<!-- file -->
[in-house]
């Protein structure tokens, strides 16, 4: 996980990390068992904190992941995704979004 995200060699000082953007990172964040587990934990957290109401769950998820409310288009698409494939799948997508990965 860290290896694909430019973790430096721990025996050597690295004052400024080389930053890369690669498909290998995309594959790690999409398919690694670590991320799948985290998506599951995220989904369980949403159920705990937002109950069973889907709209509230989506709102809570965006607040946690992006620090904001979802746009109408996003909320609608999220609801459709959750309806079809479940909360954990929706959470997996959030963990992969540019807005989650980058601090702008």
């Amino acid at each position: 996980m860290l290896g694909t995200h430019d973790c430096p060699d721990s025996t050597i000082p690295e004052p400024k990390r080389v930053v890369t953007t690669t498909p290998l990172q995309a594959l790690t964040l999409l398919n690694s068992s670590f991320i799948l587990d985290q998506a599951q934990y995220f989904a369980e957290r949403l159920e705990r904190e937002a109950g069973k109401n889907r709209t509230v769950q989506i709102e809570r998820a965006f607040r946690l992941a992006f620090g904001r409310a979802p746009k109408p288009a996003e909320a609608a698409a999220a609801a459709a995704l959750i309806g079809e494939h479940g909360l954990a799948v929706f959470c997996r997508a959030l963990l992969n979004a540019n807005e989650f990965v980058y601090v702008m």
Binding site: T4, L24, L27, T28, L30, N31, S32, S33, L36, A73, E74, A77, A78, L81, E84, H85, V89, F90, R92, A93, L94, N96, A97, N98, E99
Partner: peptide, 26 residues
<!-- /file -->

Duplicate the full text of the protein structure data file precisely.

[in-house]
């Protein structure tokens, strides 16, 4: 996980990390068992904190992941995704979004 995200060699000082953007990172964040587990934990957290109401769950998820409310288009698409494939799948997508990965 860290290896694909430019973790430096721990025996050597690295004052400024080389930053890369690669498909290998995309594959790690999409398919690694670590991320799948985290998506599951995220989904369980949403159920705990937002109950069973889907709209509230989506709102809570965006607040946690992006620090904001979802746009109408996003909320609608999220609801459709959750309806079809479940909360954990929706959470997996959030963990992969540019807005989650980058601090702008």
């Amino acid at each position: 996980m860290l290896g694909t995200h430019d973790c430096p060699d721990s025996t050597i000082p690295e004052p400024k990390r080389v930053v890369t953007t690669t498909p290998l990172q995309a594959l790690t964040l999409l398919n690694s068992s670590f991320i799948l587990d985290q998506a599951q934990y995220f989904a369980e957290r949403l159920e705990r904190e937002a109950g069973k109401n889907r709209t509230v769950q989506i709102e809570r998820a965006f607040r946690l992941a992006f620090g904001r409310a979802p746009k109408p288009a996003e909320a609608a698409a999220a609801a459709a995704l959750i309806g079809e494939h479940g909360l954990a799948v929706f959470c997996r997508a959030l963990l992969n979004a540019n807005e989650f990965v980058y601090v702008m």
Binding site: T4, L24, L27, T28, L30, N31, S32, S33, L36, A73, E74, A77, A78, L81, E84, H85, V89, F90, R92, A93, L94, N96, A97, N98, E99
Partner: peptide, 26 residues